The Basel Committee on Banking Supervision define Operational Resilience as being:

“The ability of a bank to deliver critical operations through disruption.

This ability enables a bank to identify and protect itself from threats and potential failures, respond and adapt to, as well as recover and learn from disruptive events in order to minimize their impact on the delivery of critical operations through disruption.

In considering its operational resilience, a bank should assume that disruptions will occur, and take into account its overall risk appetite and tolerance for disruption.

In the context of operational resilience, the Committee defines tolerance for disruption as the level of disruption from any type of operational risk a bank is willing to accept given a range of severe but plausible scenarios.”

A much simpler and concise description would be:

The ability to effectively predict, plan for, respond to, and minimize the impact of adverse events or incidents.

  • Predict.
  • Plan.
  • Respond to.
  • Bounce back.

Maintaining a Secure & Resilent Motor Vehicle Analogy

Okay, so if you are relient on your motor vehicle to get you from point A to point B, you will need to ensure that you understand the threats, vulnerabilities and associated impacts to that vehicle, so that you can employ suitable measures to help protect and maintain the operability of the vehicle, e.g.,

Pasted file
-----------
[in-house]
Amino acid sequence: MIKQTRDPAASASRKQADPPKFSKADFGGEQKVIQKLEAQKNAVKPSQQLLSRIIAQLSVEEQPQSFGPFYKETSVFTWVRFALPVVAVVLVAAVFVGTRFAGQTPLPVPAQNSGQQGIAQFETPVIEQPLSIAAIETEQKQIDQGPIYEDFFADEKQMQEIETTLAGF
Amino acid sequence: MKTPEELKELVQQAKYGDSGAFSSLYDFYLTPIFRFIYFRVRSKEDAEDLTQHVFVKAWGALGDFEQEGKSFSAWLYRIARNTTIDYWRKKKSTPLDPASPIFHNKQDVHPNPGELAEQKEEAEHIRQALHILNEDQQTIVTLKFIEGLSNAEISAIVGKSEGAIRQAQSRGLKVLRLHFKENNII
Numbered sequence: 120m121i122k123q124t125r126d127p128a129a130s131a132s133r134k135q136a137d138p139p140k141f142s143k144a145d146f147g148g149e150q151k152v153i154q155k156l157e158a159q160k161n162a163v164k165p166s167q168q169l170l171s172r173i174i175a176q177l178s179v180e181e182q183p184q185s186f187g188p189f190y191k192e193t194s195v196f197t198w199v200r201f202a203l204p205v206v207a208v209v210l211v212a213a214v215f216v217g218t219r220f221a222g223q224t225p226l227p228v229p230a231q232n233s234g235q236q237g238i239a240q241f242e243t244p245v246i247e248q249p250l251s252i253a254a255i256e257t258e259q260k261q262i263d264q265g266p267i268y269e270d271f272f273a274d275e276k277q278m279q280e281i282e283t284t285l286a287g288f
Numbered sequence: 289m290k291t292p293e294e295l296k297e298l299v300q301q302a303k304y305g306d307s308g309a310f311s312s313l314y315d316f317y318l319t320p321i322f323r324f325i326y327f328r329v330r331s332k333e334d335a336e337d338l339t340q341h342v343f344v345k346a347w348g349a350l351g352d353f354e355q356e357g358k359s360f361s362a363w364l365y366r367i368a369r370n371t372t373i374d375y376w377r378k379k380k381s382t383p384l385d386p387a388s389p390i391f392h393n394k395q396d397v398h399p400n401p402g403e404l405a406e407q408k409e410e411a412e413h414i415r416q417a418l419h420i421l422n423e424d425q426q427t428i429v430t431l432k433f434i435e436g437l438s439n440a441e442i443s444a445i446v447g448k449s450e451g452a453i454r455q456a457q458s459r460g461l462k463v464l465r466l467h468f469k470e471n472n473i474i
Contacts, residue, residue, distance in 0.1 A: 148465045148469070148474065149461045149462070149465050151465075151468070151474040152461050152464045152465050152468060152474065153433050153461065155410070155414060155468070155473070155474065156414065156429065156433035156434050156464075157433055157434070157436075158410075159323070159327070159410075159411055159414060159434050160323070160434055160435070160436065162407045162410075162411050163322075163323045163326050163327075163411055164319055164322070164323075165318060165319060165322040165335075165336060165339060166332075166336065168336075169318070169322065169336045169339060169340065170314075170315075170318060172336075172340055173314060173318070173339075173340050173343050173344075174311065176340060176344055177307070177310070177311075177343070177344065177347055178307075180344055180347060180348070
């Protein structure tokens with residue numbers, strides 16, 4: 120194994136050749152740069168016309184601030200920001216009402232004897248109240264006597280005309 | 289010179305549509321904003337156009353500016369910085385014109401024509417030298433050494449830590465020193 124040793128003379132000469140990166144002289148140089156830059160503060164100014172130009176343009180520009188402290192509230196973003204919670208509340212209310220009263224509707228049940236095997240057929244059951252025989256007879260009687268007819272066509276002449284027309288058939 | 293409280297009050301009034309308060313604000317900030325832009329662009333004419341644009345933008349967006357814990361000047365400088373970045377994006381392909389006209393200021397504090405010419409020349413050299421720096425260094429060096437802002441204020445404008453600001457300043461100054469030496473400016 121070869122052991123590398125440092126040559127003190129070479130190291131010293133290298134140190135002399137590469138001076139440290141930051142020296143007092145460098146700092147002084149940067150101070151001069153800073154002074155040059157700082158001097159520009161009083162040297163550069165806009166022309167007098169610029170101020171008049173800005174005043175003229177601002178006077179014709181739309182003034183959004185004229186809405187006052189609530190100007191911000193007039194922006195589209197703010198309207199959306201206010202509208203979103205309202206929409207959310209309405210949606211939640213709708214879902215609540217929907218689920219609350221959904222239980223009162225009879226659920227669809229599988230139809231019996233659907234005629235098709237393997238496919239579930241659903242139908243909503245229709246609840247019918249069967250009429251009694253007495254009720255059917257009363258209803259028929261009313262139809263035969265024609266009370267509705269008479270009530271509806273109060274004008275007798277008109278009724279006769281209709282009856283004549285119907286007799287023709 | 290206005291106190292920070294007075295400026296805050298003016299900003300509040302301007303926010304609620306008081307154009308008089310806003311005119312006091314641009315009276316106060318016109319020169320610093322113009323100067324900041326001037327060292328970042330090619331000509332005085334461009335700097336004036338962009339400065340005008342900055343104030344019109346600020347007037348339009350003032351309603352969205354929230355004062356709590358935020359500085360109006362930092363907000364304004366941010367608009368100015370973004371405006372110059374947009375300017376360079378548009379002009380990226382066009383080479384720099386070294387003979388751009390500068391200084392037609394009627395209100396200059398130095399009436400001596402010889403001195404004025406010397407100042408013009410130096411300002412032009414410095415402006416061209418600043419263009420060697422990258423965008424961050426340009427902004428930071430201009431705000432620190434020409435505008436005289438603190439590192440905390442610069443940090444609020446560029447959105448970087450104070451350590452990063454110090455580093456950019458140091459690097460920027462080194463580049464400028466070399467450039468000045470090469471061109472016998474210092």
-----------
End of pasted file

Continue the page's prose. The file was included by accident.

Preparing and Responding to a Tire/Tyre Blow Out

As an example, before you set off on that journey, there are a number of things you might want to consider:

  • Have you given any thought to the scenarios that might be associated with a tire/tyre blow out?
  • Have you checked the condition of your spare tire/tyres?
  • Have you checked that you have all the tools (vehicle jack, wheel brace, etc.) you need to change the wheel?
  • What are your contingency plans, in the event that you are unable to change your wheel?
  • Do you need roadside assistance/recovery?
  • Does your mobile phone have sufficient charge?
  • If the weather is cold, have you packed a warm jacket?
  • If the weather is wet, have you packed a raincoat?

All of these examples are components of Incident Management (IM), Business Continuity (BC) and Disaster Recovery (DR) – each being seperate but complimentary domains of operational resilience.